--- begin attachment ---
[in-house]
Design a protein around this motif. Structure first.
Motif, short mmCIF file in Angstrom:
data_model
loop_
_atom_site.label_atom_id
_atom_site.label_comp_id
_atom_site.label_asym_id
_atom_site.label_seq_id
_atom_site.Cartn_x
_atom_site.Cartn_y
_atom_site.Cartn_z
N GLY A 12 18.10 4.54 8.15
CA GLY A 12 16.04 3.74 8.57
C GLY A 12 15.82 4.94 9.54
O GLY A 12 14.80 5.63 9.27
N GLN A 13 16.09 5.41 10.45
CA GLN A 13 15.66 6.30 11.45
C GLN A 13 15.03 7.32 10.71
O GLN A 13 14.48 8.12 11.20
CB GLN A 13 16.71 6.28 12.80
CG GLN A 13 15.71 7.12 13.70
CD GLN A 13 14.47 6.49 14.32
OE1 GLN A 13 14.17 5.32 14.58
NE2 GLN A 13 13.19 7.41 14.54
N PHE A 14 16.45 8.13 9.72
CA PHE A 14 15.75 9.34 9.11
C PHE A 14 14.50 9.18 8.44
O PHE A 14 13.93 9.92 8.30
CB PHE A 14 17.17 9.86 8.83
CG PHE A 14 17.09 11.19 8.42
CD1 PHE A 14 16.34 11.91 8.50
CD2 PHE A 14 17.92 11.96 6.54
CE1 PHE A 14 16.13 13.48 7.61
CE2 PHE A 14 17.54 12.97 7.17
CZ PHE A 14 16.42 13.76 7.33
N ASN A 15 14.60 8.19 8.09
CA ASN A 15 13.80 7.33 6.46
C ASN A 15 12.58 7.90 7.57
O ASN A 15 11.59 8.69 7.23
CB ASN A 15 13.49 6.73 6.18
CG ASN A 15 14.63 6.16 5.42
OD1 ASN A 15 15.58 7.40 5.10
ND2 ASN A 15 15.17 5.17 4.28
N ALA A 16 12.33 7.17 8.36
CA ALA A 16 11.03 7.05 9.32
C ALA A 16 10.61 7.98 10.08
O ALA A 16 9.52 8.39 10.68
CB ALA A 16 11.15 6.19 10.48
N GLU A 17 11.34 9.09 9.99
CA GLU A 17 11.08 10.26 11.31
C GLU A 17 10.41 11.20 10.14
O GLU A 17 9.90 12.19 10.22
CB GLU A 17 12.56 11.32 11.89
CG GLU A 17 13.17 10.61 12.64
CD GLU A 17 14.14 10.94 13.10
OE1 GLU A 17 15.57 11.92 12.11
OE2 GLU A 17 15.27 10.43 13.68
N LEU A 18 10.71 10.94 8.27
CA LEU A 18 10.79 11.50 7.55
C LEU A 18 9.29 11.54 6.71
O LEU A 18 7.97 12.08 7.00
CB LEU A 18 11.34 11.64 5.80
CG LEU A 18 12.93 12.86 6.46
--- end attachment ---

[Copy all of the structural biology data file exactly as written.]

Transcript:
[in-house]
Design a protein around this motif. Structure first.
Motif, short mmCIF file in Angstrom:
data_model
loop_
_atom_site.label_atom_id
_atom_site.label_comp_id
_atom_site.label_asym_id
_atom_site.label_seq_id
_atom_site.Cartn_x
_atom_site.Cartn_y
_atom_site.Cartn_z
N GLY A 12 18.10 4.54 8.15
CA GLY A 12 16.04 3.74 8.57
C GLY A 12 15.82 4.94 9.54
O GLY A 12 14.80 5.63 9.27
N GLN A 13 16.09 5.41 10.45
CA GLN A 13 15.66 6.30 11.45
C GLN A 13 15.03 7.32 10.71
O GLN A 13 14.48 8.12 11.20
CB GLN A 13 16.71 6.28 12.80
CG GLN A 13 15.71 7.12 13.70
CD GLN A 13 14.47 6.49 14.32
OE1 GLN A 13 14.17 5.32 14.58
NE2 GLN A 13 13.19 7.41 14.54
N PHE A 14 16.45 8.13 9.72
CA PHE A 14 15.75 9.34 9.11
C PHE A 14 14.50 9.18 8.44
O PHE A 14 13.93 9.92 8.30
CB PHE A 14 17.17 9.86 8.83
CG PHE A 14 17.09 11.19 8.42
CD1 PHE A 14 16.34 11.91 8.50
CD2 PHE A 14 17.92 11.96 6.54
CE1 PHE A 14 16.13 13.48 7.61
CE2 PHE A 14 17.54 12.97 7.17
CZ PHE A 14 16.42 13.76 7.33
N ASN A 15 14.60 8.19 8.09
CA ASN A 15 13.80 7.33 6.46
C ASN A 15 12.58 7.90 7.57
O ASN A 15 11.59 8.69 7.23
CB ASN A 15 13.49 6.73 6.18
CG ASN A 15 14.63 6.16 5.42
OD1 ASN A 15 15.58 7.40 5.10
ND2 ASN A 15 15.17 5.17 4.28
N ALA A 16 12.33 7.17 8.36
CA ALA A 16 11.03 7.05 9.32
C ALA A 16 10.61 7.98 10.08
O ALA A 16 9.52 8.39 10.68
CB ALA A 16 11.15 6.19 10.48
N GLU A 17 11.34 9.09 9.99
CA GLU A 17 11.08 10.26 11.31
C GLU A 17 10.41 11.20 10.14
O GLU A 17 9.90 12.19 10.22
CB GLU A 17 12.56 11.32 11.89
CG GLU A 17 13.17 10.61 12.64
CD GLU A 17 14.14 10.94 13.10
OE1 GLU A 17 15.57 11.92 12.11
OE2 GLU A 17 15.27 10.43 13.68
N LEU A 18 10.71 10.94 8.27
CA LEU A 18 10.79 11.50 7.55
C LEU A 18 9.29 11.54 6.71
O LEU A 18 7.97 12.08 7.00
CB LEU A 18 11.34 11.64 5.80
CG LEU A 18 12.93 12.86 6.46